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••• The International Writers Magazine - 21 Years on-line - Life Stories

The Human Train
• Kim Farleigh

Train compartment

Platform lights illuminated her pleased eyes as she entered Jones’s dark compartment, her body like an hour-glass leaf swaying in a breeze. She removed a glossy magazine from a bag. Her pink top, white jeans and cream shoes, and the creaminess of her face and hands match, Jones thought, that magazine's shininess.       

“No torch?” Jones asked, when she started reading.

“A torch!” she replied, grinning.

Her teeth were bone white.

“It’s money, tickets, passport, torch,” Jones said. "The essentials for travelling."       

“A torch!” she gasped, guffawing.

"True travellers," Jones said, "use torches."

She tilted her head back and laughed.

“Have you lived in The States?” he asked.

She had a slight American accent.

“New York,” she replied, her head swaying wondrously. "Weerrrrild placceeee."

Platform lights flashed by as the train left.      

“That book you’re reading is my favourite,” she said. “I came into this compartment because I saw you reading it.”

“Chapter Twenty,” Jones replied, “is the crux.”

Her creamy face froze. He hadn’t said: “Yeah, it’s great, hey?” like they might have said in New York. 

“What happens in Chapter Twenty?” she asked.

“The narrator visits the butterfly lover and learns how to be.”

“How’s that?”

“Risk, sink, then rise again, increasing wisdom through perseverance and failure.”

“I’ll have to read it again.”

Her wonderment disappeared while acknowledging a new necessity.

“Are you a student?” Jones asked.

“I’m starting economics in October. I’m teaching English at the moment to survive.”

“I’ve taught English as well,” he said.

“Did you like it?”

“I hated it.”

Shock-wave dimples gorged her cheeks. She looked interesting when spontaneously delighted.

“Only artist, sportsman, pilot, astronaut, musician, writer, film director, war correspondent, politician, astronomer, comedian, doctor, architect, publisher, researcher and front-line aid worker are worth taking the destructive path for,” Jones said. “The rest are absurd.”

“So economist doesn’t count?” she asked, smiling.

“You’ll be bored, but rich.”

Three Japanese entered the compartment. They sat facing Jones and Ivana, eye contact avoided. The Japanese irises–alert in expressionless faces–revealed passion amid features drained of emotion. Facing knees touched in the cramped compartment.

Jones said: “We’re in a reserved compartment.”

Three statues, cast from the same cultural mould, stared up as Jones and Ivana rose, the Orientals’ heads lifting simultaneously, with involuntary hope, pretentious neutrality surrounding the yearning burning in their eyes.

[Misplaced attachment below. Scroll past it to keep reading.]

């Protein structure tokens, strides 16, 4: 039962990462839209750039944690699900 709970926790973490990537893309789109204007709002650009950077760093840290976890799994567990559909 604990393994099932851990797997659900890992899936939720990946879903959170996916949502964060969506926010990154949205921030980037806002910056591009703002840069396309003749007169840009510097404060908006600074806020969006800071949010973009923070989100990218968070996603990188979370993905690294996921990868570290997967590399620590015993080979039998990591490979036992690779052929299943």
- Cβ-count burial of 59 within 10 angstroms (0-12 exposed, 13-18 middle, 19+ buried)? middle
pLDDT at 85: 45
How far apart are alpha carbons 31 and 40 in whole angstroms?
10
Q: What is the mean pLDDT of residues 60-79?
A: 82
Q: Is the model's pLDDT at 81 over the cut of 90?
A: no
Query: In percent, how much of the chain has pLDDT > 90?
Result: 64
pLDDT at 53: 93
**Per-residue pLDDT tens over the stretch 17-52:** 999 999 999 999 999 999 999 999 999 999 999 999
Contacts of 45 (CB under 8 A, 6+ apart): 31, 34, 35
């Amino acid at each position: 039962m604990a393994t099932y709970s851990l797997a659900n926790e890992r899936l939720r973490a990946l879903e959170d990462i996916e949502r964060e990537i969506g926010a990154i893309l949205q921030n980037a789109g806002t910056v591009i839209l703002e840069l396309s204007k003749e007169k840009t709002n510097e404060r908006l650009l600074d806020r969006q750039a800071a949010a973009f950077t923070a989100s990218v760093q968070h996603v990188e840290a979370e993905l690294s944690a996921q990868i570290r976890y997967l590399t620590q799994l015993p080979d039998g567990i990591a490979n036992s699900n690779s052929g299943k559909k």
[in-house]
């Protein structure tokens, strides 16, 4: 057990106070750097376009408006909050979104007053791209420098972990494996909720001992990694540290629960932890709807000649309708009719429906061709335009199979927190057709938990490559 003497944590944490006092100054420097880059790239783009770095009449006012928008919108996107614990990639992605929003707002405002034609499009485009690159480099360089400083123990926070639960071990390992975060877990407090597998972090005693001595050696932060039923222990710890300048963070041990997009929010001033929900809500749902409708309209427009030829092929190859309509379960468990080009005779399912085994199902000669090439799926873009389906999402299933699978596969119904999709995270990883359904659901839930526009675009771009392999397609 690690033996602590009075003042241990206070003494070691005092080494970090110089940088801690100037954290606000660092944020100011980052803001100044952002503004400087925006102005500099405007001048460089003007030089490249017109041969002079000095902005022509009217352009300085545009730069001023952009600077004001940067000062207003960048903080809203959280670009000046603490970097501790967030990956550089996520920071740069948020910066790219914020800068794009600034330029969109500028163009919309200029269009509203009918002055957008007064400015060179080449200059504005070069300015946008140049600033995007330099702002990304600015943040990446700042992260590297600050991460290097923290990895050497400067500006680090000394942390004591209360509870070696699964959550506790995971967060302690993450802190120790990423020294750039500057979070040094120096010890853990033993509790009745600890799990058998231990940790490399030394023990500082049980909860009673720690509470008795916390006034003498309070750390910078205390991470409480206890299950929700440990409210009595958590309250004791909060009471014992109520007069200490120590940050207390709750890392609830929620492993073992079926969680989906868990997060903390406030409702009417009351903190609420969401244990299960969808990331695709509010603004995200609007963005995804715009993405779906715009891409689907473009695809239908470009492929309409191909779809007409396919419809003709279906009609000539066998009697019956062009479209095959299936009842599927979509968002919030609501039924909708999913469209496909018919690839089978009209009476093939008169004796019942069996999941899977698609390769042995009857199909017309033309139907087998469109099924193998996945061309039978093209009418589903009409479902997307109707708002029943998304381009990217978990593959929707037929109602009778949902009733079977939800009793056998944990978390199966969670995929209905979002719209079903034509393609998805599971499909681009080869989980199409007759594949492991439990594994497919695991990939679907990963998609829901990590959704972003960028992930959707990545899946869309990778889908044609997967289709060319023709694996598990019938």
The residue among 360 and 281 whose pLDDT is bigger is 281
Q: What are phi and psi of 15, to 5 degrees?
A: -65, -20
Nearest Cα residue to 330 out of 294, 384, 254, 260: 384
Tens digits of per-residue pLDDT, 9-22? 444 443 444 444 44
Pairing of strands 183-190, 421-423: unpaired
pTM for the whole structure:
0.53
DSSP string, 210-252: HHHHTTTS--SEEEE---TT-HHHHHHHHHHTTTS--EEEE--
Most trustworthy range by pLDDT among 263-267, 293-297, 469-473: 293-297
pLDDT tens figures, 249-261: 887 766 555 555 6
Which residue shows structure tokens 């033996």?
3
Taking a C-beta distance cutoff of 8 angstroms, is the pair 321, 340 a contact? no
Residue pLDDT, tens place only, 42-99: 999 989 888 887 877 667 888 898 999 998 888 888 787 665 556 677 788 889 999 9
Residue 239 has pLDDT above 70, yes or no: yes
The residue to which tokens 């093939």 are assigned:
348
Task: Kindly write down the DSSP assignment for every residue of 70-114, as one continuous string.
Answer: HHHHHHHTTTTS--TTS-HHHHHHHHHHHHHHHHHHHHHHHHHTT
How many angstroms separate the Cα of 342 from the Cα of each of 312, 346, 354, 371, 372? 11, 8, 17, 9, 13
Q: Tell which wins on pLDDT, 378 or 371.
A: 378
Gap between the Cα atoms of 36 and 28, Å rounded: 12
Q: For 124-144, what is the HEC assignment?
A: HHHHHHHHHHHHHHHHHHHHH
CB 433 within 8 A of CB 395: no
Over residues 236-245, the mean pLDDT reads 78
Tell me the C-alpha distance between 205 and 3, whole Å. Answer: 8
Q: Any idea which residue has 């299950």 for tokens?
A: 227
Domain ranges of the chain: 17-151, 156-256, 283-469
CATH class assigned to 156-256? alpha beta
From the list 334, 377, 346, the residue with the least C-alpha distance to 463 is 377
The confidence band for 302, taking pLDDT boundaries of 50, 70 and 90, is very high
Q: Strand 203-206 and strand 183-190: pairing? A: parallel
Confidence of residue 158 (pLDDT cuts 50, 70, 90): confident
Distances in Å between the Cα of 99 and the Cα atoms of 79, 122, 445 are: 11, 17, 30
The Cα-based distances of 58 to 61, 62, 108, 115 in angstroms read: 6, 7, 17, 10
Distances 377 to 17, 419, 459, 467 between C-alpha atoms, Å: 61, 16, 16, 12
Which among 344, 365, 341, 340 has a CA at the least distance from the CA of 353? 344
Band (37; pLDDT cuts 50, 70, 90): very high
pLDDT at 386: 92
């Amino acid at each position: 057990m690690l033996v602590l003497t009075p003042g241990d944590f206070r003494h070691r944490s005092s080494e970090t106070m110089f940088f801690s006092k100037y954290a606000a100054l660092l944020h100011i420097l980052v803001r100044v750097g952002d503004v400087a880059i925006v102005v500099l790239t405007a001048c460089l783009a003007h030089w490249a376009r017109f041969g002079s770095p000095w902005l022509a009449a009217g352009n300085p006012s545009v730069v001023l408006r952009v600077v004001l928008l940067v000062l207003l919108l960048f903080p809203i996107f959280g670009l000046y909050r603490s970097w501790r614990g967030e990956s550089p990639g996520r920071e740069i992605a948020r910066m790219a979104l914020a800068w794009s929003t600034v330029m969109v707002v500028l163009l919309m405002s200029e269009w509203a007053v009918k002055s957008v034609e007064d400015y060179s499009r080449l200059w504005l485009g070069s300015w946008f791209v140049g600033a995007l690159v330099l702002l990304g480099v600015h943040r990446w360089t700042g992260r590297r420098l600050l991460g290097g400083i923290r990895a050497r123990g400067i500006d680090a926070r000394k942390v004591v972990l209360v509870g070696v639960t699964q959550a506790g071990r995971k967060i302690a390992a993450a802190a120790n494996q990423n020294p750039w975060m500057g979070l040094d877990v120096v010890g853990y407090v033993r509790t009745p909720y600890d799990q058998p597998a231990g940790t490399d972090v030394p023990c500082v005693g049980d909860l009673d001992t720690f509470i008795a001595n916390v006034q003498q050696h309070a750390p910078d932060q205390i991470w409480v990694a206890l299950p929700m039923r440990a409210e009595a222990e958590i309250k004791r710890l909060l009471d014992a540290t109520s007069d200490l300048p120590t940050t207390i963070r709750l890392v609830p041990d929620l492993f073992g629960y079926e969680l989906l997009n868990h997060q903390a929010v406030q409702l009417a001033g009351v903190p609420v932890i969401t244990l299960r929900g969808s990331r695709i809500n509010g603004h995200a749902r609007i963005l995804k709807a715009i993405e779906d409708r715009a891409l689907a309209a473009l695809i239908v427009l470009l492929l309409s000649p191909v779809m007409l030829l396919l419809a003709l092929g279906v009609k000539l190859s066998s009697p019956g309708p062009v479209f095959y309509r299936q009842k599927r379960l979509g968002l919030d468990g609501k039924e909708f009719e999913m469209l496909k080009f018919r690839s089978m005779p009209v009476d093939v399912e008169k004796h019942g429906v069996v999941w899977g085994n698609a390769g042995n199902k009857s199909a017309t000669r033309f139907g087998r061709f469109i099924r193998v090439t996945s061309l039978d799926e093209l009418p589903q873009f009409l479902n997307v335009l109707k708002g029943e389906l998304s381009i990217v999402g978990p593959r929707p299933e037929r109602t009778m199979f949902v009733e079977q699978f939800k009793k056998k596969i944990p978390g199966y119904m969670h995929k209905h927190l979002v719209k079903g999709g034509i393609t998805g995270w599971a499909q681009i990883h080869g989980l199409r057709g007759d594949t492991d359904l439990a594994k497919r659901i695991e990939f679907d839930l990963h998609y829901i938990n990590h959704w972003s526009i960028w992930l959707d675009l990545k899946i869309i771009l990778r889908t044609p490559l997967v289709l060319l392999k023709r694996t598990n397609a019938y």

Ivana dragged her bag out into the corridor, the Japanese not looking, pretentious disinterest exposing their desire that Jones also leave, Jones quipping: “Sayonara.” 

Three stoic Japanese heads spun involuntarily towards him as one, Jones’s “Hah!” not affecting their immutability.

Jones and Ivana went along a pitch-black corridor. The train rattled, darkness and brilliance alternating, the train clanging: SWERWISSS…CLERLANGGG…..

In an unoccupied compartment, Ivana said “Ahhhh” in relief.

Jones put his passport and money down his jeans. He stared out the window while she slept. Full-moon light outside suggested filming with filters to produce night. Wisps whitened a dark-blue horizon. The world, like the time before insects, seemed free of abstractions.      

Ivana’s breathing lilts soothed, like someone whispering into a receptive ear.

An adjoining compartment's door got ripped open.

“Qué pasa?” an Italian yelled, Ivana not waking.

Someone backed away from the door, the Italian sticking his head out into the corridor and yelling: “Qué pasa?”

A man holding a knife placed a warning finger on his lips. The Italian slunk back into his compartment, the outside world now not his concern.

Jones’s door rushed open. A Zimmer frame! Not a mountainous thug! But a cripple with a Zimmer frame! too dark to see the man’s face; after mutual staring, the man left, leaving the door open, Ivana’s lilting breathing continuing, the Hungarian chicaned in by unconsciousness, her bed beside the sliding door.

Jones woke–light! Villas dotted emerald slopes, lemon and sky-blue façades within greenery, the ethics behind the acquisition of the money used to buy the villas contrasting with their beauty, the Zimmer-frame man perhaps “decent” by day, pleasant, like Southern Europe itself, someone Ivana may even have admired. 

Youth's greater need for sleep was amusing for Jones that morning for unconsciousness had saved Ivana from seeing the Zimmer-Frame Thief standing over her, like an ogre from a fairy tale.

“Are we in Italy?” she asked.

“If not,” Jones replied, “it’s the weirdest French I’ve ever seen.”

She didn’t have enough energy for giggles. Mornings, after slumber attacks our delusions, level enthusiasm. Nothing, however, that coffee can’t solve.  

“How long have we been here?” she asked.

“I believe,” Jones replied, “that the brain reached its current size 300,000 years ago. Correct me if I’m wrong.”

She produced a deep smile.

“Ten minutes,” he said, “if we assume that life started a week ago.”

She brushed her hair, her big eyes clear, a swan-like neck, sensuous concentration as she groomed herself. Her fingers ran through her purse like spiders’ legs flashing across a web, re-checking, delicately hunting for cash.

“My money,” she whined, “isss ger-onrrnnnn!”

Her bag had been beside her head; easy for the thief, Jones thought.

“I haven’t got,” she cried, “enough money to get from Bologna to Ravenna!”

Her mouth stretched into a bitter gash.

“Have you got your passport?” Jones asked.

“Yer ussz.”

“Credit cards?”


No problem, Jones thought.